Our firm has acknowledged recently (see http://www.seyfarth.com/publications/MA041715-EB) that there are some questions about the authority of the EEOC to issue its proposed wellness regulations that claim legitimacy under the Americans with Disabilities Act (ADA). Just before the New Year, Judge Crabb of the U.S. District Court for the Western District of Wisconsin added her voice to those who think the EEOC is overreaching.

The new decision arises out of EEOC v. Flambeau, Inc., No. 14-cv-638 (W.D. Wisc. Dec. 30, 2015).

The EEOC, in particular the Chicago office of the EEOC, argued that Flambeau, Inc. violated the ADA section found at 42 U.S.C. § 12112(d)(4)(A) by conditioning participation in an employer-subsidized, self-funded health plan on completion of a “health risk assessment” and “biometric screening test.” The health risk assessment “required each participant to complete a questionnaire about his or her medical history, diet, mental and social health and job satisfaction.” The biometric test “involved height and weight measurements, a blood pressure test and a blood draw.”

Judge Barbara Crabb summarily rejected the EEOC’s reliance on Section 12112(d)(4)(A). That section prohibits disability-related medical examinations or inquiries that are not job related and consistent with business necessity. The judge reasoned that any EEOC reliance on 12112(d)(4)(A) is trumped by the ADA benefit plan safe harbor in § 12201(c)(2), as long as the wellness provisions are terms in an employer health plan, and are used to help the employer administer and underwrite insurance risks. The judge said that the safe harbor may not apply to protect wellness programs that are not part of a plan, assuming Section 12112(d)(4)(A) invalidates such programs.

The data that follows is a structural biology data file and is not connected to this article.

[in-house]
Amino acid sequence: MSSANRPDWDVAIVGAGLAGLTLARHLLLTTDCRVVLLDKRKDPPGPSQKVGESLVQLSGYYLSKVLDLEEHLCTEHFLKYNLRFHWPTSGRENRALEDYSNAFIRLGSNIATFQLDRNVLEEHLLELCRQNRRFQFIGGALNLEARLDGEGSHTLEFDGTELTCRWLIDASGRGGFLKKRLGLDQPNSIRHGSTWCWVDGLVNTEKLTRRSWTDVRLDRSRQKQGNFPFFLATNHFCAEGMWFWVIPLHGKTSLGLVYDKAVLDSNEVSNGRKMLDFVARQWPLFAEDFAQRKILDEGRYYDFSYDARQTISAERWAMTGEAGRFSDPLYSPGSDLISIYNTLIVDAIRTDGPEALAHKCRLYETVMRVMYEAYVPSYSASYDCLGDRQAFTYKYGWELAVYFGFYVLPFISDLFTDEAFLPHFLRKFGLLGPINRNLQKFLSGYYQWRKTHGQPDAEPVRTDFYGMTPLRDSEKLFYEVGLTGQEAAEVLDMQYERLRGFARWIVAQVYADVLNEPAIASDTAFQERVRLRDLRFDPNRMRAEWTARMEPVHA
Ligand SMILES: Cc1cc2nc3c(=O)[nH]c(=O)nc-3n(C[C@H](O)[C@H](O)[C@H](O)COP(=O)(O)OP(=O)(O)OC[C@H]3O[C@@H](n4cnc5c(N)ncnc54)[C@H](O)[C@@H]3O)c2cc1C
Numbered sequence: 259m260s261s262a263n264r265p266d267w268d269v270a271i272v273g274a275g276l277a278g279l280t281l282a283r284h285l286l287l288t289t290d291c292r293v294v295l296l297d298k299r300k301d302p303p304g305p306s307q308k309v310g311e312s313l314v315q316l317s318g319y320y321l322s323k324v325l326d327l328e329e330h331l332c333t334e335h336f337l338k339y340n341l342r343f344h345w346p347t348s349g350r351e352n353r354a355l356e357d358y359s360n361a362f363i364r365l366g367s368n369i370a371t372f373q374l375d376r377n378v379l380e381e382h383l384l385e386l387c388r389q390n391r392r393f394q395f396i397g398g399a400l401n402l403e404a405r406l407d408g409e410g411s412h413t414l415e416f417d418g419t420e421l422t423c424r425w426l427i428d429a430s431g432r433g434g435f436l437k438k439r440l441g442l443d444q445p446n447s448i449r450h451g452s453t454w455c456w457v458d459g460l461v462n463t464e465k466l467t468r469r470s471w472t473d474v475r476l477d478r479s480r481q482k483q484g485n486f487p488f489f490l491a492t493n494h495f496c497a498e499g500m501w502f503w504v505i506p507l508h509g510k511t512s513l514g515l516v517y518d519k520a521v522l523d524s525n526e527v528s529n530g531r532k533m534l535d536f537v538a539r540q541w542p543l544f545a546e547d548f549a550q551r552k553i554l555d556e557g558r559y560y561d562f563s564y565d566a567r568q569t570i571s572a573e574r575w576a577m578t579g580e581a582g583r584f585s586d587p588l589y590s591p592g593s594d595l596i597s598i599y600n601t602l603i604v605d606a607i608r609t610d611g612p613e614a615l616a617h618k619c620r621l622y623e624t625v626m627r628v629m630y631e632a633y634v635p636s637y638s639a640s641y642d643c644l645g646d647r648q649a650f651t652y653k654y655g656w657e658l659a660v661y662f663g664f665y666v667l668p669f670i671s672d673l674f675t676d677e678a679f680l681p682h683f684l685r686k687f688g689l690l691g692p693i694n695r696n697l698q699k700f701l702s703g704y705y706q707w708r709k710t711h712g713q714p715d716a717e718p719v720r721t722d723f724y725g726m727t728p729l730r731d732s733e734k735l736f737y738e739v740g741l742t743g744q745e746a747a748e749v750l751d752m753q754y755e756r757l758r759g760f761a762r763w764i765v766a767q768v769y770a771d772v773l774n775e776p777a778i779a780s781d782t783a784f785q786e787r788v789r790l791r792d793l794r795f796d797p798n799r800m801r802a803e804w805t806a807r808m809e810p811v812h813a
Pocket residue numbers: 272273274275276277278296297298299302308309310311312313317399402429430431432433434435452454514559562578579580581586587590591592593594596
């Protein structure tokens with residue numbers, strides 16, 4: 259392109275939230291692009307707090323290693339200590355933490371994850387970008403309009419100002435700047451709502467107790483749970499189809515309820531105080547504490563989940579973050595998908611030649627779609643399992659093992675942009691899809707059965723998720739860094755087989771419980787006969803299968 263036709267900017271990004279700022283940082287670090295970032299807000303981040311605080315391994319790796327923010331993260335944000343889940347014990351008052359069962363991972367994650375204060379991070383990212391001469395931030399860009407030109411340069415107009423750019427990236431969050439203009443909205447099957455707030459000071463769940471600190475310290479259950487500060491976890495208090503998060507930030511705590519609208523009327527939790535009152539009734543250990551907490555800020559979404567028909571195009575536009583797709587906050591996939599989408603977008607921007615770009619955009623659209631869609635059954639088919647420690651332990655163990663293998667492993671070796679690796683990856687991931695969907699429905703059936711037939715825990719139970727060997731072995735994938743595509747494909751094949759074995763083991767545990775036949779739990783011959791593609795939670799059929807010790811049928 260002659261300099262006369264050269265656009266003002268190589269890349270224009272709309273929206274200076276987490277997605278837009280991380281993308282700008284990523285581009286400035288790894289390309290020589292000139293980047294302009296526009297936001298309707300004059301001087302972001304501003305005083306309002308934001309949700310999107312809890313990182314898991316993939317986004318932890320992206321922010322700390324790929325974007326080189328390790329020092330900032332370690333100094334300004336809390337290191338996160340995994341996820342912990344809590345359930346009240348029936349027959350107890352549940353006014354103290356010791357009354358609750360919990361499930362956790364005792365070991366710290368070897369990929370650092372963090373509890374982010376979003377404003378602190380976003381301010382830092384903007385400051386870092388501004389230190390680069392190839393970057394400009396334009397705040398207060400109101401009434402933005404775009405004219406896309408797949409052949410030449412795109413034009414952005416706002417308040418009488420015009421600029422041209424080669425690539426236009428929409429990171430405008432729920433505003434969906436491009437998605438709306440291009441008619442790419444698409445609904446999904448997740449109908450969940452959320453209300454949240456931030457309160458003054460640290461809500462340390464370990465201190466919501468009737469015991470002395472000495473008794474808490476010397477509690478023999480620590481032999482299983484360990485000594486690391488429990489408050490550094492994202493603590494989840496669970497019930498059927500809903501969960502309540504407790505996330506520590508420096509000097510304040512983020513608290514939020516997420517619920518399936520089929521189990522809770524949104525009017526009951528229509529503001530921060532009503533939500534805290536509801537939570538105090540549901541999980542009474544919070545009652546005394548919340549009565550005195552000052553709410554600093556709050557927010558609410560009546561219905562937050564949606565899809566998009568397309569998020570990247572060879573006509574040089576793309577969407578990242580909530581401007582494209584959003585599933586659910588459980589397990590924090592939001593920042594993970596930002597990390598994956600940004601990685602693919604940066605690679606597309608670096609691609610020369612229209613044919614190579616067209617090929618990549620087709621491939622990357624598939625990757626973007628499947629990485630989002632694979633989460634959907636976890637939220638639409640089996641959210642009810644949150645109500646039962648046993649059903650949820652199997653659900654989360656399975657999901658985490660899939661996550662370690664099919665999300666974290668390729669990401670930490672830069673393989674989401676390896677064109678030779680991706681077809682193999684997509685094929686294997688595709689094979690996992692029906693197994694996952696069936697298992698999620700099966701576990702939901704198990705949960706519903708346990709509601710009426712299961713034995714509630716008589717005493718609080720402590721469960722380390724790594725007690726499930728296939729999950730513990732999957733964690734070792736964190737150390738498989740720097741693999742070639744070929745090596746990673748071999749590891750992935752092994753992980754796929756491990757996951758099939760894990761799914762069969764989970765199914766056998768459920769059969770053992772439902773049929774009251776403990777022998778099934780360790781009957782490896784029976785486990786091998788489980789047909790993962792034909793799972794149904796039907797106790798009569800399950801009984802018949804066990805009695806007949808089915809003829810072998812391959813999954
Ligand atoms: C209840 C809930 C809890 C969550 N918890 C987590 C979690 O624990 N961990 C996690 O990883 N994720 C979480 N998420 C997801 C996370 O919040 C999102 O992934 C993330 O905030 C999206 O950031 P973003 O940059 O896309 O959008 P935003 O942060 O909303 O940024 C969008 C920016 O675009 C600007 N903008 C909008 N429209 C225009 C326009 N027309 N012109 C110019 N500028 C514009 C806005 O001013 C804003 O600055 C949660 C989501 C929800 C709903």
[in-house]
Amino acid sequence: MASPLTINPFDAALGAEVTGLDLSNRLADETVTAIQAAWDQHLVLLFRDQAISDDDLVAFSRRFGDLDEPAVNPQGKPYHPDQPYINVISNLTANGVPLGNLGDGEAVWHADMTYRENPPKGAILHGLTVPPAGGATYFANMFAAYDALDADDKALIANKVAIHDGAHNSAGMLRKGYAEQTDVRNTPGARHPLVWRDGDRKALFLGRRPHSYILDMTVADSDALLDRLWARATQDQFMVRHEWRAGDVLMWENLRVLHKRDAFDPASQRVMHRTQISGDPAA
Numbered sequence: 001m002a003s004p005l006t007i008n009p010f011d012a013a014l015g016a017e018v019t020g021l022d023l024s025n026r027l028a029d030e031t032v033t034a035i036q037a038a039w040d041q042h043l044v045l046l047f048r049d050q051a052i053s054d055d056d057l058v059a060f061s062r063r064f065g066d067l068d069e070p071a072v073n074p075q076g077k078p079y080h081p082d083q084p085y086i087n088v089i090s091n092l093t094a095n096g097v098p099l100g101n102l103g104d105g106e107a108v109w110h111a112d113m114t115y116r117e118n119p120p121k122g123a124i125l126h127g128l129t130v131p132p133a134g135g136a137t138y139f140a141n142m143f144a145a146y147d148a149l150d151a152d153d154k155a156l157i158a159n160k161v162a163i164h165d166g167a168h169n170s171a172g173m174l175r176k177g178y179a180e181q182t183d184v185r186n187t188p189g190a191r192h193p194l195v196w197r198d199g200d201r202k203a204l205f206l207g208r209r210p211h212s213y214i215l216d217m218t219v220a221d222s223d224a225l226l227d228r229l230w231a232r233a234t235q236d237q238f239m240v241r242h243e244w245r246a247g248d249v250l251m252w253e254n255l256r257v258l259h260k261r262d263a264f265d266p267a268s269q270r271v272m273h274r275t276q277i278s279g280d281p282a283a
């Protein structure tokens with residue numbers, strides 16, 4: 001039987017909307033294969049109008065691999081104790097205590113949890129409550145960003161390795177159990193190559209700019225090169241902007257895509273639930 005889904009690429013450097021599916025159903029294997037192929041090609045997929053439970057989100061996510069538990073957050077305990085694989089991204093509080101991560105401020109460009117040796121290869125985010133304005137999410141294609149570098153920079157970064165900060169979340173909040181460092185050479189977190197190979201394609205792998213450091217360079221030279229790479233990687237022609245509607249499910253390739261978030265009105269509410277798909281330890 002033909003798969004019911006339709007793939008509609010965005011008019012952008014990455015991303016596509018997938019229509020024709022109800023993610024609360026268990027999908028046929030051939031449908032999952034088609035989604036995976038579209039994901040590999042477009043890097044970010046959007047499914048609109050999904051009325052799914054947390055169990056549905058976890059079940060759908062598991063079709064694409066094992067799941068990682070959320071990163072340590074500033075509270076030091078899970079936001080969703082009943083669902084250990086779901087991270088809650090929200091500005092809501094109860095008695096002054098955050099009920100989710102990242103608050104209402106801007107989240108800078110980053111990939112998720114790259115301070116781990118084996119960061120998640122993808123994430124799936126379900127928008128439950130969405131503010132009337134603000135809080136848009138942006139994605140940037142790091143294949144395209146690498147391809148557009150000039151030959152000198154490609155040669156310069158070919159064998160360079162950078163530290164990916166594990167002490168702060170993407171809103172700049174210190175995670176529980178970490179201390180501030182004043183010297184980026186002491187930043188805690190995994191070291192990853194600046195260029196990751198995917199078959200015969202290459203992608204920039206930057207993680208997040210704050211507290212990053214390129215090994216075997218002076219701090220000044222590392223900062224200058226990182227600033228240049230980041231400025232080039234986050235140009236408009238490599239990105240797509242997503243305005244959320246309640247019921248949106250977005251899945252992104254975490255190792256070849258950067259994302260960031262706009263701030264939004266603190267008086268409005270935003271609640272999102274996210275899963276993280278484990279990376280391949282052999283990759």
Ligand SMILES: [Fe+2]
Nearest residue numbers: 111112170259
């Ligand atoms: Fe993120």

Judge Crabb relied on statements of the Flambeau Inc.’s consultants that they used the aggregate wellness data to classify health risks, project plan costs and determine participant premiums. That the wellness terms were not set forth in a summary plan description or collective bargaining agreement was not consequential. Judge Crabb also said that the ADA’s “subterfuge” exception to the ADA benefit plan safe harbor was not triggered because the EEOC offered no evidence that the employer’s wellness terms were used to discriminate against any employee in a non-benefit plan aspect of employment.

EEOC v. Flambeau, Inc. is important because it is yet another rejection of how the EEOC reads the ADA benefit plan safe harbor. (The Court of Appeals for the 11th Circuit also has stated in Seff v. Broward County, 691 F.3d 1221 (2012) that the EEOC position on the ADA benefit plan safe harbor is agency overreach.) The Flambeau decision will help employers with a proactive wellness culture to defend against EEOC attacks.

Three final points are worth making:

  • EEOC v. Flambeau, Inc. could, of course, be appealed to the Court of Appeals for the 7th Circuit.
  • Employers still need to be mindful of nondiscrimination and wellness rules under the Health Insurance Portability and Accountability Act (HIPAA) and under the Genetic Information Nondiscrimination Act (GINA) that apply to employer health plans.
  • Whether wellness plans actually provide a return on investment remains subject to debate. A new study has shown a positive correlation between wellness programs and stock performance, (see http://www.mercer.com/newsroom/wellness-stock-performance.html), but the return on investment debate continues.